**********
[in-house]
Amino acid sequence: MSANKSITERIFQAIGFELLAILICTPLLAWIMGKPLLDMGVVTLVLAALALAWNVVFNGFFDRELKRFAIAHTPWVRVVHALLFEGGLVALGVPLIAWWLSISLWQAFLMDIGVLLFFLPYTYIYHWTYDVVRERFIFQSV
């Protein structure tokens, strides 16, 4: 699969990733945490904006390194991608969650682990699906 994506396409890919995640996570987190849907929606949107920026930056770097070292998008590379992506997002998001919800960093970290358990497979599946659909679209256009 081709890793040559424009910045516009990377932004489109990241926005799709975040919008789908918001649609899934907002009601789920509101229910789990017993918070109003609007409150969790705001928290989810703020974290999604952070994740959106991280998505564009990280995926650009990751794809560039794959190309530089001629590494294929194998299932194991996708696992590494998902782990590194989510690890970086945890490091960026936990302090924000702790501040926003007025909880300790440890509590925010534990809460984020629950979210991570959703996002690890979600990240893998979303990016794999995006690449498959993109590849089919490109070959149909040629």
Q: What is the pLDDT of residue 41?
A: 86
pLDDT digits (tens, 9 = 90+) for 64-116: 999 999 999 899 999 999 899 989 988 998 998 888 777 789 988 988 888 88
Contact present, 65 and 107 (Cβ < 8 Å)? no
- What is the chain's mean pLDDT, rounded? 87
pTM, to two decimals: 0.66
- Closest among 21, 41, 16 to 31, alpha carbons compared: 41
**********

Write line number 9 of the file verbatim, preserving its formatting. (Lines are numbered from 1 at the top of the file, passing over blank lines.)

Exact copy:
pTM, to two decimals: 0.66